Tapering and discontinuation of thrombopoietin receptor agonists in immune thrombocytopenia: Real-world recommendations

Published on May 1, 2020in Blood Reviews6.125
· DOI :10.1016/J.BLRE.2019.100647
F. Zaja (DSM), Monica Carpenedo9
Estimated H-index: 9
+ 8 AuthorsPotito Rosario Scalzulli17
Estimated H-index: 17
(Casa Sollievo della Sofferenza)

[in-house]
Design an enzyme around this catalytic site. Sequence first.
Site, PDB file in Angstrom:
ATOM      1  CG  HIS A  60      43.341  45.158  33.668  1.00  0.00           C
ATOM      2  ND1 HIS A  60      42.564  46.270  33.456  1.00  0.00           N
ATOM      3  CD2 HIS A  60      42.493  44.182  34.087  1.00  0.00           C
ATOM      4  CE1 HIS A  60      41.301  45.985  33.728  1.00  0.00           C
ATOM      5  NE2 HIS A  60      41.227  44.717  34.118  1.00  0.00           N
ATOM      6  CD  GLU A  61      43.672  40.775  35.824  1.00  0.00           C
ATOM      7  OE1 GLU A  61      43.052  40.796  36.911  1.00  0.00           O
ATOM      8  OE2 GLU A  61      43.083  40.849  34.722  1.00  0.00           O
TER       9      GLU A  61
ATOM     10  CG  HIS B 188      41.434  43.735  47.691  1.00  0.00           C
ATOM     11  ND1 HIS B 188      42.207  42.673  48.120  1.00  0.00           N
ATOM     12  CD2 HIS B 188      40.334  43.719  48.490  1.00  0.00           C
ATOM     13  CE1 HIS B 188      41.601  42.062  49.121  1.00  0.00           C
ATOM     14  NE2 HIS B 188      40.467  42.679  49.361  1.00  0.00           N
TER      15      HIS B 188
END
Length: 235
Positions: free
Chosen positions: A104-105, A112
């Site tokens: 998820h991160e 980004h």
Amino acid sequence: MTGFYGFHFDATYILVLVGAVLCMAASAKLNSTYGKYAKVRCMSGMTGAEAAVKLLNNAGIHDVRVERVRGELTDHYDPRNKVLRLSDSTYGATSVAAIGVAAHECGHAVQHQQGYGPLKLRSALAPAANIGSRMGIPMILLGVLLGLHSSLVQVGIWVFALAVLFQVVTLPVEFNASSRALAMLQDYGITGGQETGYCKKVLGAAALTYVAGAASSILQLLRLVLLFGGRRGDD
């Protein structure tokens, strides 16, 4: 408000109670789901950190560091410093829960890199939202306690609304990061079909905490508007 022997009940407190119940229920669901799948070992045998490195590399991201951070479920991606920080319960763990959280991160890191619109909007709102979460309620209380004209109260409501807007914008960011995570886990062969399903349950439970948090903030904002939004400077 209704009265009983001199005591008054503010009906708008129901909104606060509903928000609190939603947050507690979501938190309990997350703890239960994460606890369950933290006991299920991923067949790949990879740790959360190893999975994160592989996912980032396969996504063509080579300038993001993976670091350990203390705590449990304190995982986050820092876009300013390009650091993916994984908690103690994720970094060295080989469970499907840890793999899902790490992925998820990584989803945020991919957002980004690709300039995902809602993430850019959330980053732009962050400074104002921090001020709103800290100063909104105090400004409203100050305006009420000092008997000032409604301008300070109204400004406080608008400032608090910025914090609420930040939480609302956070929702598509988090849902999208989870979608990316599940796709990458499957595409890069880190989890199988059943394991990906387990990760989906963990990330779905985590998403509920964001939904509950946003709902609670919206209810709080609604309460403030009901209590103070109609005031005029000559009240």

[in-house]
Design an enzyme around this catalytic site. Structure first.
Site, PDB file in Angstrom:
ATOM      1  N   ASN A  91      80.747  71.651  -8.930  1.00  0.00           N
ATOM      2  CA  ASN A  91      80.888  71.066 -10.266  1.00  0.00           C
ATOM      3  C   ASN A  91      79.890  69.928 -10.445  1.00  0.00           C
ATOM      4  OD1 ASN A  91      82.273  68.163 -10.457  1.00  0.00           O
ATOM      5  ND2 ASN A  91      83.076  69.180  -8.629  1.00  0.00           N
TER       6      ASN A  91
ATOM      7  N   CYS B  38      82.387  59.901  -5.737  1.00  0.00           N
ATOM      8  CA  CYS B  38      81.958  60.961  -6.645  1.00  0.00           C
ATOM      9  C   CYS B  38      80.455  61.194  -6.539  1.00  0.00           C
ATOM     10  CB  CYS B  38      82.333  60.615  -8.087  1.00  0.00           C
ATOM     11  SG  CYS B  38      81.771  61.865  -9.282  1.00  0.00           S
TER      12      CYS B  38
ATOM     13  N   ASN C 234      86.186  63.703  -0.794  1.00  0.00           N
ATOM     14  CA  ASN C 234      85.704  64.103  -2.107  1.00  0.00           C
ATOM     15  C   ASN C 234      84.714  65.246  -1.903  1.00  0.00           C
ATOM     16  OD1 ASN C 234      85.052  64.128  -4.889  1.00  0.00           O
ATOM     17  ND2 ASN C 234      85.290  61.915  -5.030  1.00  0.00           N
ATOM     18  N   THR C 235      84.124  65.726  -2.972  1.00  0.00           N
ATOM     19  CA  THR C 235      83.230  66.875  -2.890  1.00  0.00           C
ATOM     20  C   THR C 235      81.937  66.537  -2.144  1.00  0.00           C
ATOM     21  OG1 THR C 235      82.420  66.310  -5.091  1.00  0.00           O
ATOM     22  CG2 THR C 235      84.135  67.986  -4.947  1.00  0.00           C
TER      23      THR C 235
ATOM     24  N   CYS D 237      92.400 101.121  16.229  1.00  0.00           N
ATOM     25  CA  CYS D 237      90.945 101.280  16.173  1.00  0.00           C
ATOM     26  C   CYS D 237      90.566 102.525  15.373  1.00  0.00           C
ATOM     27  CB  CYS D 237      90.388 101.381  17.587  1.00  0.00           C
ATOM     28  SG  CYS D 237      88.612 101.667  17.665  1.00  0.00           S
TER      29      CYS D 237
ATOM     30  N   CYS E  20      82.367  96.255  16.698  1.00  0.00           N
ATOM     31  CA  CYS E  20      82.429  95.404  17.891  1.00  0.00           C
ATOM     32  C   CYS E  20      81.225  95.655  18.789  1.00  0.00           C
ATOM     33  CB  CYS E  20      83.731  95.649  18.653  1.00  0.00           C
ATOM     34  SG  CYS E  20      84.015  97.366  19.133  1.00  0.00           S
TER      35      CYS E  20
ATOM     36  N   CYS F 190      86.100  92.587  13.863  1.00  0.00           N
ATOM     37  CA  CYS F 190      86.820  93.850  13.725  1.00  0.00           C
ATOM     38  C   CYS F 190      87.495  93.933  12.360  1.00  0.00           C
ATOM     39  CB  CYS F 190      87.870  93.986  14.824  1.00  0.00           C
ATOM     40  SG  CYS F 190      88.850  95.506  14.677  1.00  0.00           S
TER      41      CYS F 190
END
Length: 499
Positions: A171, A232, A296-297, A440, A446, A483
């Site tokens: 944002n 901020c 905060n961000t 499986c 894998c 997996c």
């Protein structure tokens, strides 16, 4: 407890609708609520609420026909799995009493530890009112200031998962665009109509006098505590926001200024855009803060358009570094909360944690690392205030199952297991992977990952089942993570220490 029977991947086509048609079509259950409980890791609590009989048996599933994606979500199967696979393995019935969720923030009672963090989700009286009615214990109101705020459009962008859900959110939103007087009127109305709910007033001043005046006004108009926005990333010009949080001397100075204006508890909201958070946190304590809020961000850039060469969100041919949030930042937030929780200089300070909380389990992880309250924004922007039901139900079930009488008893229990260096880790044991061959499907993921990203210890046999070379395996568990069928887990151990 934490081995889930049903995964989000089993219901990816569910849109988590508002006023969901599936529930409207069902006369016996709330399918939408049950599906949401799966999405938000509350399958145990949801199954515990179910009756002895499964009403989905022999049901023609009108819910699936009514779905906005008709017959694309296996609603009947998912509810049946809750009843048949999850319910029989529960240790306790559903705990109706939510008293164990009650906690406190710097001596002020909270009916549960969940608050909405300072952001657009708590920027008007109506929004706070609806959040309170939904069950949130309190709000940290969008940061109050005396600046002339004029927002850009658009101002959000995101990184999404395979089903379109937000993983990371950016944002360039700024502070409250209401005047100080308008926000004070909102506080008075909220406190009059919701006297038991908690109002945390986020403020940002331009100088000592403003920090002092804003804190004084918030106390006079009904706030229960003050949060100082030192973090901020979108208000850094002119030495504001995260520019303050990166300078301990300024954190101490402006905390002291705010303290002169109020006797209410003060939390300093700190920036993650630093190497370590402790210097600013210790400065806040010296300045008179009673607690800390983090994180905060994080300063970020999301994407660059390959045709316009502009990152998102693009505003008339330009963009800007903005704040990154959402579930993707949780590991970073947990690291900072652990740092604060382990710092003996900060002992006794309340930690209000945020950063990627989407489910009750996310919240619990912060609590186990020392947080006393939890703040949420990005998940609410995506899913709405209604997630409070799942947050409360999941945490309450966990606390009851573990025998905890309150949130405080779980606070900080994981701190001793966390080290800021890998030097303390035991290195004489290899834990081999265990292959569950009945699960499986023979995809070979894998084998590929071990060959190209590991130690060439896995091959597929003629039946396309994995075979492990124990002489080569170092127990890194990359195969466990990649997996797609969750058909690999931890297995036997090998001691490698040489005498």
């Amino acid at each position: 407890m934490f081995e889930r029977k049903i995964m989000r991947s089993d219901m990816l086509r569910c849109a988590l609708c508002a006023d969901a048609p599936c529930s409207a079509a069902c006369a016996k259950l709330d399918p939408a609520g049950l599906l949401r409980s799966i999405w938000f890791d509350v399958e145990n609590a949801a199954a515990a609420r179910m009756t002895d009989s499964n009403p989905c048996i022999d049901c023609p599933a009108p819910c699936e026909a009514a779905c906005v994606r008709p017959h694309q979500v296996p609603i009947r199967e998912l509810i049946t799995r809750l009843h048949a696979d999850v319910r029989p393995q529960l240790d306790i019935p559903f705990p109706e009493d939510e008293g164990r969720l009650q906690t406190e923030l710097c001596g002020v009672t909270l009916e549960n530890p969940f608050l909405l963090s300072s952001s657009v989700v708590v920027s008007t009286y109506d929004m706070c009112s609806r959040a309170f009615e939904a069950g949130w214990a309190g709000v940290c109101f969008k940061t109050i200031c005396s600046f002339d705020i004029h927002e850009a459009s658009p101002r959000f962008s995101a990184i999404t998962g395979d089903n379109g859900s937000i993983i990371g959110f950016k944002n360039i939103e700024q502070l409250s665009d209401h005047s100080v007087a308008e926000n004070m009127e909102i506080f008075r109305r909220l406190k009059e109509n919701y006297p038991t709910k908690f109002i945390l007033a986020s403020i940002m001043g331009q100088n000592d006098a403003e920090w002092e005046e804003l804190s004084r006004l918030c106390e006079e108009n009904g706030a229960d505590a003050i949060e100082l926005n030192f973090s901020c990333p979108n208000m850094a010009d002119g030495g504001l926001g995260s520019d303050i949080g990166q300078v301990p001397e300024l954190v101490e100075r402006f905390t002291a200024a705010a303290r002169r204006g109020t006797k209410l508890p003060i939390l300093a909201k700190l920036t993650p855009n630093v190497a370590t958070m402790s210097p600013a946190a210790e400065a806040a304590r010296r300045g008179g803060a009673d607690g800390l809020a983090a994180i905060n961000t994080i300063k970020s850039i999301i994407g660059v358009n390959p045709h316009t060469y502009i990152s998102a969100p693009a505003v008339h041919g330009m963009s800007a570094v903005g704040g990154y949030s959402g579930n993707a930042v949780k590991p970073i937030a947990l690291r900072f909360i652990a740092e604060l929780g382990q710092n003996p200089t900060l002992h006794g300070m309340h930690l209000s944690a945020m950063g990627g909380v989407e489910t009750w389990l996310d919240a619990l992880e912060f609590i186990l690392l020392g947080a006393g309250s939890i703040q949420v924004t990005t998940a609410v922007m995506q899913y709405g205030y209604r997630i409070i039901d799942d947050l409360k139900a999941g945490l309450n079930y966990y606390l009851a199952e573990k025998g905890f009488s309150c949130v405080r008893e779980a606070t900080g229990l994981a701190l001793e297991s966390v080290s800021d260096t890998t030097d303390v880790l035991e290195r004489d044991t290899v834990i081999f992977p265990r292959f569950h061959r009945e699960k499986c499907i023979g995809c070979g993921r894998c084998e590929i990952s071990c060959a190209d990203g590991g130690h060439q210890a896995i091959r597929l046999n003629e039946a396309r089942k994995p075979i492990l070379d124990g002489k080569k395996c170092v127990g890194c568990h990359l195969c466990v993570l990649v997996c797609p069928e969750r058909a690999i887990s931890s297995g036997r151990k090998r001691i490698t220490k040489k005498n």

Abstract Thrombopoietin receptor agonists (TPO-RAs) are currently indicated for continuous treatment of chronic primary immune thrombocytopenia (ITP). However, there is growing evidence that TPO-RAs can also trigger sustained response in 10–30% of cases after treatment tapering and discontinuation. Therefore, at least for selected responding patients, it might be rational to plan TPO-RA interruption to exploit off-treatment response. Intriguingly, complete or partial responses with TPO-RAs are frequently observed when treatments are initiated early, suggesting that unknown immune-related mechanisms may be involved in this phenomenon. The sustained responses observed after interruption of TPO-RAs may be interpreted as a recovery of immunological tolerance; thus, the re-establishment of immunological equilibrium might be primarily responsible for the observed off-treatment effect. Importantly, these findings may indicate that anticipated TPO-RA usage can lead to improved responses, and that optimized tapering and interruption in selected patients can furthermore improve prognoses. On the base of this rationale, a series of real-life considerations have been generated by a panel of Experts to elucidate possible novel criteria and modalities to identify subgroups of patients who can benefit from tapering and/or discontinuation of TPO-RAs. Towards this aim, the results of a survey of ITP experts are herein reported, reflecting a snapshot of current real-life experience on early discontinuation of TPO-RA-based therapy. The present manuscript also highlights the importance of future translational studies on novel prognostic and predictive biomarkers that can stratify patients and facilitate the clinical choice for second-line treatment of ITP.
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